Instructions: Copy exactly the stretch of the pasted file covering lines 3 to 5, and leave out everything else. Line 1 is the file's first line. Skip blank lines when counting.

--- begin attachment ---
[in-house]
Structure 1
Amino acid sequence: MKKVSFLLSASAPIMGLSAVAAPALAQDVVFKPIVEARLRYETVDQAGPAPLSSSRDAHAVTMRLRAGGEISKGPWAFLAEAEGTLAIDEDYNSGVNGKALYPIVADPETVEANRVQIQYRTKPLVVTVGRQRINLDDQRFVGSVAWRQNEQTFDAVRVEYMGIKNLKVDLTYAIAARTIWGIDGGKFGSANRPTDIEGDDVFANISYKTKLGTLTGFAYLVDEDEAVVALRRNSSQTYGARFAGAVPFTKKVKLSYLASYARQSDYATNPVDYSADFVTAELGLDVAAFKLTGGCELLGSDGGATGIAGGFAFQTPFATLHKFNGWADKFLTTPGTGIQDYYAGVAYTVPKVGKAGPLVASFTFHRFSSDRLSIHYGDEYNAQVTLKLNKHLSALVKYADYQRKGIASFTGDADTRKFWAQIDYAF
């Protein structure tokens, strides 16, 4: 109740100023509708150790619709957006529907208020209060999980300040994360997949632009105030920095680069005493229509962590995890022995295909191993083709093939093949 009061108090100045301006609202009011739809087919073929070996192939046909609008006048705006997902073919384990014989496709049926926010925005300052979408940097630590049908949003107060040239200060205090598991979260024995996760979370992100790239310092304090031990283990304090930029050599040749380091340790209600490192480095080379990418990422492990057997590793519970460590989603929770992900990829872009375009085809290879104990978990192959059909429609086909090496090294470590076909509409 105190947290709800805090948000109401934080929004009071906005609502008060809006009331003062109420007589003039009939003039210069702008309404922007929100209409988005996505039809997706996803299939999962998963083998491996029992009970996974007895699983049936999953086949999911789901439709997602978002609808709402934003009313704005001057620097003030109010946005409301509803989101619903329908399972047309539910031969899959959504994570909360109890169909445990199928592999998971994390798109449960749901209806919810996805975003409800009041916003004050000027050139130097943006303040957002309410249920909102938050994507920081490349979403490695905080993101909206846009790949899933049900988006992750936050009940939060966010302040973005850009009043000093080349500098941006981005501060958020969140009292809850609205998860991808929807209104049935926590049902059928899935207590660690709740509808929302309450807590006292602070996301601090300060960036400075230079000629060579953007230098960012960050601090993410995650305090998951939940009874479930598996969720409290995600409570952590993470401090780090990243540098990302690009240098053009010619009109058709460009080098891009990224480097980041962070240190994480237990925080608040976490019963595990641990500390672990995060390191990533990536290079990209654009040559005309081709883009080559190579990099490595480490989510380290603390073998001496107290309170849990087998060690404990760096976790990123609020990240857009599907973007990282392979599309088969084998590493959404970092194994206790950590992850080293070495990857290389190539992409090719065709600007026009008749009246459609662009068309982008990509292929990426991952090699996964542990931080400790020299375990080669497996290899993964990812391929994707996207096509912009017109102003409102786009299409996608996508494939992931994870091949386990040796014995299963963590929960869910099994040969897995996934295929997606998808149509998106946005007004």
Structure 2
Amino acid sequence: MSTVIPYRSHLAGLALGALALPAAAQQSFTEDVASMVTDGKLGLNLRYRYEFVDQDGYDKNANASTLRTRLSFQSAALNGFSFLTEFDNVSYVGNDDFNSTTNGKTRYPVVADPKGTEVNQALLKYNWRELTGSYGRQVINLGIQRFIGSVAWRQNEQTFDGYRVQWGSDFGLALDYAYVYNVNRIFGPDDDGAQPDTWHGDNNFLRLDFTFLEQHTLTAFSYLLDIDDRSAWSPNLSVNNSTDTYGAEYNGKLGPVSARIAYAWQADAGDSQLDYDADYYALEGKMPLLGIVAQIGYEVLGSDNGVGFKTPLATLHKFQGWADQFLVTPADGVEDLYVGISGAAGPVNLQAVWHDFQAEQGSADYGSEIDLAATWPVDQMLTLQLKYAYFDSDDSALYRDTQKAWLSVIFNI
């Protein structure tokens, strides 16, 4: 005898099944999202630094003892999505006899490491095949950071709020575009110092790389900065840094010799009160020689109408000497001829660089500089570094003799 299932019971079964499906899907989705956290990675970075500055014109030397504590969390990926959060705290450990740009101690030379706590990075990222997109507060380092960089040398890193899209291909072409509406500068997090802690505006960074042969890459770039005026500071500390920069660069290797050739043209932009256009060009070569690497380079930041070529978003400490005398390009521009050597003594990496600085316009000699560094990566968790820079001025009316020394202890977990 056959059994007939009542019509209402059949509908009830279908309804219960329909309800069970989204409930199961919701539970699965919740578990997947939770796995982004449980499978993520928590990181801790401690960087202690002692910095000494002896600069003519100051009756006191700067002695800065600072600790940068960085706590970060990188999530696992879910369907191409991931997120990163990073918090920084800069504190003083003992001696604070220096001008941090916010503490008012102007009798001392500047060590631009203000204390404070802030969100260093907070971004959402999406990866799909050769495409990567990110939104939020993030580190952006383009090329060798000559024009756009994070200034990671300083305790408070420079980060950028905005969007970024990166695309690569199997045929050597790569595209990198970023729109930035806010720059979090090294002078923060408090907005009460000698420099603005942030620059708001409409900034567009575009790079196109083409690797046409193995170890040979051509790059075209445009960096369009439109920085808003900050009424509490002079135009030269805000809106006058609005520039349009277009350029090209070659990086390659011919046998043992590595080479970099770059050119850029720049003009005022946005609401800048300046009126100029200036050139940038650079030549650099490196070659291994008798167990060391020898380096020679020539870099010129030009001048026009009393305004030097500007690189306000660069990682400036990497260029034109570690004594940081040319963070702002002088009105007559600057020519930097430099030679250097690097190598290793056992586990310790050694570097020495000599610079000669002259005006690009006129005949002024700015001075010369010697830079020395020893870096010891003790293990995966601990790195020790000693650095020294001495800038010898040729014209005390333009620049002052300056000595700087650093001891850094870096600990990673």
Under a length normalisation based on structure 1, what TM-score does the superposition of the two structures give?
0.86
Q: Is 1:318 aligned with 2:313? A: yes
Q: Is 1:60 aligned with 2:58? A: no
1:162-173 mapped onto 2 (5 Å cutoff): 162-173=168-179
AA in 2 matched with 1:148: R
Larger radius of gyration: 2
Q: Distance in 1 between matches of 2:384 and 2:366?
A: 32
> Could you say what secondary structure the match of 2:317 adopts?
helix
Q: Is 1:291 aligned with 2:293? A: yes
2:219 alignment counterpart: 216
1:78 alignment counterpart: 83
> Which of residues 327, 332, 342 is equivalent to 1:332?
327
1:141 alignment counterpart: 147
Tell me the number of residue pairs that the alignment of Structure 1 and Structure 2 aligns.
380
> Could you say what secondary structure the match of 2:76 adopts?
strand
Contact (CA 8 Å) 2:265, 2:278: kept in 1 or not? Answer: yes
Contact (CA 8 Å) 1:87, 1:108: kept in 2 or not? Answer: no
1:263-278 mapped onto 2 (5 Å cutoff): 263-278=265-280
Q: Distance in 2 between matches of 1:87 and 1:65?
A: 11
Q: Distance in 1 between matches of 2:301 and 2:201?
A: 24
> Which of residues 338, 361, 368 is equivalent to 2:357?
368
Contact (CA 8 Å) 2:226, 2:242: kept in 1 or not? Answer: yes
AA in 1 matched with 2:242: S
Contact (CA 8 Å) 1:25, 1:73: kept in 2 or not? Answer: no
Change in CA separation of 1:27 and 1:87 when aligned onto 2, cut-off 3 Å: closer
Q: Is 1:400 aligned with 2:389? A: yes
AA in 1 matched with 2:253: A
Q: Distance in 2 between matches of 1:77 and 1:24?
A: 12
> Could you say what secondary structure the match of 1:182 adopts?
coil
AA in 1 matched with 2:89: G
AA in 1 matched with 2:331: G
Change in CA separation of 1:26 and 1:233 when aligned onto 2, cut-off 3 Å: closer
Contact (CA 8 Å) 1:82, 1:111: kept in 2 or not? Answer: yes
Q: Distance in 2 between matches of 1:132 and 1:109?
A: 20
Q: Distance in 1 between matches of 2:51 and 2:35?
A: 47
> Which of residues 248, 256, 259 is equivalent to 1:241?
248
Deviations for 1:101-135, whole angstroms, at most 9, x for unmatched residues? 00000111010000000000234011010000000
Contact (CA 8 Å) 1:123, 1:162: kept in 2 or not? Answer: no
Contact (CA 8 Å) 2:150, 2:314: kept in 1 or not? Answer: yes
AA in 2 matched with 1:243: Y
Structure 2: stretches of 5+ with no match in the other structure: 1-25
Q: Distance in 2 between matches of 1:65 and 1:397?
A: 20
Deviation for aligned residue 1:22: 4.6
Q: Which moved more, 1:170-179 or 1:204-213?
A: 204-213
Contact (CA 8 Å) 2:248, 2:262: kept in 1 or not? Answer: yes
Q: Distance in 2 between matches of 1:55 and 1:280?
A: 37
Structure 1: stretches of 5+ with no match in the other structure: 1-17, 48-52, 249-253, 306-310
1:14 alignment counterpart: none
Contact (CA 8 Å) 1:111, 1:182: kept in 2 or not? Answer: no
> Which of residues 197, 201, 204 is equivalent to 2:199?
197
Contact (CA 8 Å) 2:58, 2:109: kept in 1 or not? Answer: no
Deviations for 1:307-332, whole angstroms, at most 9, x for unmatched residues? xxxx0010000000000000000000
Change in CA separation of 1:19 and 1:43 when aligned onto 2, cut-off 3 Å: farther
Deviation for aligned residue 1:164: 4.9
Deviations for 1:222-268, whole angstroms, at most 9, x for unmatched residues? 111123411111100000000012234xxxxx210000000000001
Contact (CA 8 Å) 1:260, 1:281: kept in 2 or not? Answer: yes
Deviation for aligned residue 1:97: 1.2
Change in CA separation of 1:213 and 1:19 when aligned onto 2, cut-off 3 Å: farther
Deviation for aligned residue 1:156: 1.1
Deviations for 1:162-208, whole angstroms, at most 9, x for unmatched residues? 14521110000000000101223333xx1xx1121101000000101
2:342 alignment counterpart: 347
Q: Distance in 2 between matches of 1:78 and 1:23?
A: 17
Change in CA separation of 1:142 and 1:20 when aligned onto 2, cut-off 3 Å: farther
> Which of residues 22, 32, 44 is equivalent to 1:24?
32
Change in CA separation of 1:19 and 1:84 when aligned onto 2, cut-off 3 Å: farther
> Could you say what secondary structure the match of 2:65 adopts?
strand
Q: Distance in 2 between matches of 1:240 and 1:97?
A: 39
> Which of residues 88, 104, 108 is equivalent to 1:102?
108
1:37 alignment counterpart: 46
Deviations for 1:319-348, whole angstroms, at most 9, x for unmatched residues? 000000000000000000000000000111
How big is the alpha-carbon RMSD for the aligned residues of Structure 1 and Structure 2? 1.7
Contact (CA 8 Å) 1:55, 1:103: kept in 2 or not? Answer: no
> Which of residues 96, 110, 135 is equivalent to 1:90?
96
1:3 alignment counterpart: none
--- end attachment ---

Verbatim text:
Amino acid sequence: MKKVSFLLSASAPIMGLSAVAAPALAQDVVFKPIVEARLRYETVDQAGPAPLSSSRDAHAVTMRLRAGGEISKGPWAFLAEAEGTLAIDEDYNSGVNGKALYPIVADPETVEANRVQIQYRTKPLVVTVGRQRINLDDQRFVGSVAWRQNEQTFDAVRVEYMGIKNLKVDLTYAIAARTIWGIDGGKFGSANRPTDIEGDDVFANISYKTKLGTLTGFAYLVDEDEAVVALRRNSSQTYGARFAGAVPFTKKVKLSYLASYARQSDYATNPVDYSADFVTAELGLDVAAFKLTGGCELLGSDGGATGIAGGFAFQTPFATLHKFNGWADKFLTTPGTGIQDYYAGVAYTVPKVGKAGPLVASFTFHRFSSDRLSIHYGDEYNAQVTLKLNKHLSALVKYADYQRKGIASFTGDADTRKFWAQIDYAF
């Protein structure tokens, strides 16, 4: 109740100023509708150790619709957006529907208020209060999980300040994360997949632009105030920095680069005493229509962590995890022995295909191993083709093939093949 009061108090100045301006609202009011739809087919073929070996192939046909609008006048705006997902073919384990014989496709049926926010925005300052979408940097630590049908949003107060040239200060205090598991979260024995996760979370992100790239310092304090031990283990304090930029050599040749380091340790209600490192480095080379990418990422492990057997590793519970460590989603929770992900990829872009375009085809290879104990978990192959059909429609086909090496090294470590076909509409 105190947290709800805090948000109401934080929004009071906005609502008060809006009331003062109420007589003039009939003039210069702008309404922007929100209409988005996505039809997706996803299939999962998963083998491996029992009970996974007895699983049936999953086949999911789901439709997602978002609808709402934003009313704005001057620097003030109010946005409301509803989101619903329908399972047309539910031969899959959504994570909360109890169909445990199928592999998971994390798109449960749901209806919810996805975003409800009041916003004050000027050139130097943006303040957002309410249920909102938050994507920081490349979403490695905080993101909206846009790949899933049900988006992750936050009940939060966010302040973005850009009043000093080349500098941006981005501060958020969140009292809850609205998860991808929807209104049935926590049902059928899935207590660690709740509808929302309450807590006292602070996301601090300060960036400075230079000629060579953007230098960012960050601090993410995650305090998951939940009874479930598996969720409290995600409570952590993470401090780090990243540098990302690009240098053009010619009109058709460009080098891009990224480097980041962070240190994480237990925080608040976490019963595990641990500390672990995060390191990533990536290079990209654009040559005309081709883009080559190579990099490595480490989510380290603390073998001496107290309170849990087998060690404990760096976790990123609020990240857009599907973007990282392979599309088969084998590493959404970092194994206790950590992850080293070495990857290389190539992409090719065709600007026009008749009246459609662009068309982008990509292929990426991952090699996964542990931080400790020299375990080669497996290899993964990812391929994707996207096509912009017109102003409102786009299409996608996508494939992931994870091949386990040796014995299963963590929960869910099994040969897995996934295929997606998808149509998106946005007004």
Structure 2